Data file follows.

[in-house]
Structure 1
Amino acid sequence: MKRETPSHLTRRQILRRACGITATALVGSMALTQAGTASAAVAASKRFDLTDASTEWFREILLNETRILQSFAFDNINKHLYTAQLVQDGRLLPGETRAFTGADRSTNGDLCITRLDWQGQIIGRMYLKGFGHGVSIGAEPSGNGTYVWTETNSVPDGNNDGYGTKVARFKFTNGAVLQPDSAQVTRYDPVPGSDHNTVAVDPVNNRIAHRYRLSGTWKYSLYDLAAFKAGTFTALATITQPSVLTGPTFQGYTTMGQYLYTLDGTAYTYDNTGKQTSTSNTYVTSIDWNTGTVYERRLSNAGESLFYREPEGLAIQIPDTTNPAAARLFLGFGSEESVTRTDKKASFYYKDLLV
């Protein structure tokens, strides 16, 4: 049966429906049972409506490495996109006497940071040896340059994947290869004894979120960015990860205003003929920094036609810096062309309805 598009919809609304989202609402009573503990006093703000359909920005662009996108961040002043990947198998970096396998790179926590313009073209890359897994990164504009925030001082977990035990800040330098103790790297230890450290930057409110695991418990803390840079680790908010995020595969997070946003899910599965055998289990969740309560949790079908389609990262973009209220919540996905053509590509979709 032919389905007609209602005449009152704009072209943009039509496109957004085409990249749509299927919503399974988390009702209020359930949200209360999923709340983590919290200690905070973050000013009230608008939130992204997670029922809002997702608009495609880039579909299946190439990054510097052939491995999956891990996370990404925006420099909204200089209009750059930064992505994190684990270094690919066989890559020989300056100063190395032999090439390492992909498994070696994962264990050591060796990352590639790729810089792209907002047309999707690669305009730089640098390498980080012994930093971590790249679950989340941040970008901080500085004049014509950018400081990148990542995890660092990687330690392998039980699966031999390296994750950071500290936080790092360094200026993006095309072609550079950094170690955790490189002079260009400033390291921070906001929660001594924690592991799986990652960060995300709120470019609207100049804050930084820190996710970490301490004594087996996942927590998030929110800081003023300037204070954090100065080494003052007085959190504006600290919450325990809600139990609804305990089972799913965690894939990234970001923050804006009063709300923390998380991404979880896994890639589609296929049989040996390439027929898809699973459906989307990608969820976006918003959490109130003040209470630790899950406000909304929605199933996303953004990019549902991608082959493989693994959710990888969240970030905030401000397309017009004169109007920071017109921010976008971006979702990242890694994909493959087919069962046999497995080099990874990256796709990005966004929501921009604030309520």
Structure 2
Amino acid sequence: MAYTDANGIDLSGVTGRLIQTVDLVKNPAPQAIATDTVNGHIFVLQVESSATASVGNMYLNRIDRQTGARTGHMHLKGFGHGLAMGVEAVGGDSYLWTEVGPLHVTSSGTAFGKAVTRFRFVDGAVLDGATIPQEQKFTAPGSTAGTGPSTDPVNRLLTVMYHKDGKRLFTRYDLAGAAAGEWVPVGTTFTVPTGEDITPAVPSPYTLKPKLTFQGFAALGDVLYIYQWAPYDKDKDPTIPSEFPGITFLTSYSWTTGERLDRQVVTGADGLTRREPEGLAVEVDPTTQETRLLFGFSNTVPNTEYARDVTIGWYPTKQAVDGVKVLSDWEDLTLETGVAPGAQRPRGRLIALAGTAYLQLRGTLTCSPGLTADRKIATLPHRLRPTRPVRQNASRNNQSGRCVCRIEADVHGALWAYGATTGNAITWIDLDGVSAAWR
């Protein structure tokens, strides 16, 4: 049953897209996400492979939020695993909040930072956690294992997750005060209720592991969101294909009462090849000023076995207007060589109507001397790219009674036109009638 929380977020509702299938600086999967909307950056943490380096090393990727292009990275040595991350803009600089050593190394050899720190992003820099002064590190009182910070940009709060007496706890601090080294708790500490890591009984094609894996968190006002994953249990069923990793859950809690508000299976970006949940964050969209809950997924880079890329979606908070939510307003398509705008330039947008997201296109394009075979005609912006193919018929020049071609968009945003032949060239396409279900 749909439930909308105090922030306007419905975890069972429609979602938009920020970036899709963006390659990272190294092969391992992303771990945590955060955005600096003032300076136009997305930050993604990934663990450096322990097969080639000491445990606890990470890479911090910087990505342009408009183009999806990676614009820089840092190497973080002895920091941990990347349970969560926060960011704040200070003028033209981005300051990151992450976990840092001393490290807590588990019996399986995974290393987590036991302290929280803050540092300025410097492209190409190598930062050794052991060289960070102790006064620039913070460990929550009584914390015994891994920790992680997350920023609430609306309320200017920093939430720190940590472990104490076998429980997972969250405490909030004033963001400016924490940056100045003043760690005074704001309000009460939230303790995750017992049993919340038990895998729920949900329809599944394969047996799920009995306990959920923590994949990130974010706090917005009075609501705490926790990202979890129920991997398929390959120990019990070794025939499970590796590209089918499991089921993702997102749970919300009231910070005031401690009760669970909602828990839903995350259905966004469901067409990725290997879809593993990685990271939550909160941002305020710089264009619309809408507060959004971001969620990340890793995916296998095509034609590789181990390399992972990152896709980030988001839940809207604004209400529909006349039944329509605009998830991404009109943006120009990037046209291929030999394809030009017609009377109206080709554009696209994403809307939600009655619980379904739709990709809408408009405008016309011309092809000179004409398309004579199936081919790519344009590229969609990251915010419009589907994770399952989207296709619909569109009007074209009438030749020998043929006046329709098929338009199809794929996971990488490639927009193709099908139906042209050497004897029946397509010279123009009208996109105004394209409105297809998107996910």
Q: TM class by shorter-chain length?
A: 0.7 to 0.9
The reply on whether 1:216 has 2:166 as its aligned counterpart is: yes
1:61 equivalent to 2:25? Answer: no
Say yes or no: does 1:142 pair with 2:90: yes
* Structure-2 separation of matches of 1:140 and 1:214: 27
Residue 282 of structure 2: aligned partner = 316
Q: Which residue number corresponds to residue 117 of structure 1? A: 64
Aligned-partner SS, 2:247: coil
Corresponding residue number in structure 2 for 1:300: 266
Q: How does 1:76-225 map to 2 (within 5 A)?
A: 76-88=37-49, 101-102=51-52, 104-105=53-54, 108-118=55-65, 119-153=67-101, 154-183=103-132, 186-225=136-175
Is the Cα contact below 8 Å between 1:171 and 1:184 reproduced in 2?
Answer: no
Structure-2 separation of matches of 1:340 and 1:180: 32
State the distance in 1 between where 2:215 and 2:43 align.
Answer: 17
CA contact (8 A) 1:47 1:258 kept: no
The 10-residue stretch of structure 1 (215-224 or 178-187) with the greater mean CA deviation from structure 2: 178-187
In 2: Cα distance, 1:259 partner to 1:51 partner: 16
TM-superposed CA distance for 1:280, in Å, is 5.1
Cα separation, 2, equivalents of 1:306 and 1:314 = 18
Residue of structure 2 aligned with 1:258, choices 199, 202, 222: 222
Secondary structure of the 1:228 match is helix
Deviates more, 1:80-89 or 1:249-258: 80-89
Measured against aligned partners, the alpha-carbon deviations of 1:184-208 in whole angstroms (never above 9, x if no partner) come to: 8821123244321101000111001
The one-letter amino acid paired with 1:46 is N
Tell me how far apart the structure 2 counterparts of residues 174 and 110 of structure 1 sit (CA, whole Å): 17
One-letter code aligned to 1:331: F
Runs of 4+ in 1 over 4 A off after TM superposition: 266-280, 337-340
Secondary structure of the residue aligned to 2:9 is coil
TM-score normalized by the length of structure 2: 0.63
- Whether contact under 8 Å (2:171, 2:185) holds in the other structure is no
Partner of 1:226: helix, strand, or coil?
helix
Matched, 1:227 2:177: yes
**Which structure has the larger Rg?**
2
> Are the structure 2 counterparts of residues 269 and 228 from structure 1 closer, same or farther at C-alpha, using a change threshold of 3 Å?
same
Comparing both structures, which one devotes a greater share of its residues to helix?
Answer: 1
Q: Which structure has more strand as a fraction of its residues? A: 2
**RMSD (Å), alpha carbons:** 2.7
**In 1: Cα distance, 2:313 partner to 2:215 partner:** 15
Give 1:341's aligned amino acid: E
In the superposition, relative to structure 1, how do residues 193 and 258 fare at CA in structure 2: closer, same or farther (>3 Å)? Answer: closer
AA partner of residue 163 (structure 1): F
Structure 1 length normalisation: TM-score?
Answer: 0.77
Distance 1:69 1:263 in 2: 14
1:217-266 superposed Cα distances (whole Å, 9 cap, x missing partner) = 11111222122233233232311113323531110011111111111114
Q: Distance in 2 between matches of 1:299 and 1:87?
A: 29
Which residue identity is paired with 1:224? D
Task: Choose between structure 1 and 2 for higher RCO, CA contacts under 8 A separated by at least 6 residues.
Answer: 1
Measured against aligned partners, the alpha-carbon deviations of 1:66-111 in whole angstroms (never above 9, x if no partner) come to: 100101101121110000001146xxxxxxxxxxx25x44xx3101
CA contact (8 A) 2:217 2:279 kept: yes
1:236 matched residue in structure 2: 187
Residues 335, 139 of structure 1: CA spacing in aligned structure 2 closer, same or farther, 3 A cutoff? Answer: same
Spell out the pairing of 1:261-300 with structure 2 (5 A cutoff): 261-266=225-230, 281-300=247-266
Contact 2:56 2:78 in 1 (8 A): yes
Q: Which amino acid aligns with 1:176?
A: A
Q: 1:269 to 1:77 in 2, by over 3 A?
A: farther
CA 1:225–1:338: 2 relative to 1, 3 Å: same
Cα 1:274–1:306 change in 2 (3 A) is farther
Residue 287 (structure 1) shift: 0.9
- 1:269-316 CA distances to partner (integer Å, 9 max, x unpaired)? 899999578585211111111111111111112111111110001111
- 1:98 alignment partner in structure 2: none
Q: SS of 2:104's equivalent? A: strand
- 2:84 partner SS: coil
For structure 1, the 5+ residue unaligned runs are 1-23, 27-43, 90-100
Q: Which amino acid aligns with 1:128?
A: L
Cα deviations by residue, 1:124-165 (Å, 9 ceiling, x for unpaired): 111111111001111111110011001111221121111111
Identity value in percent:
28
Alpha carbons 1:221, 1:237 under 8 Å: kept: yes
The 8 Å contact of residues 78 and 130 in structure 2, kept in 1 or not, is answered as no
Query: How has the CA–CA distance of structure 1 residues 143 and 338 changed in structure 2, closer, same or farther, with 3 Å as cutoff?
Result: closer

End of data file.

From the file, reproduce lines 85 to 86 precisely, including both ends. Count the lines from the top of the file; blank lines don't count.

Cα deviations by residue, 1:124-165 (Å, 9 ceiling, x for unpaired): 111111111001111111110011001111221121111111
Identity value in percent: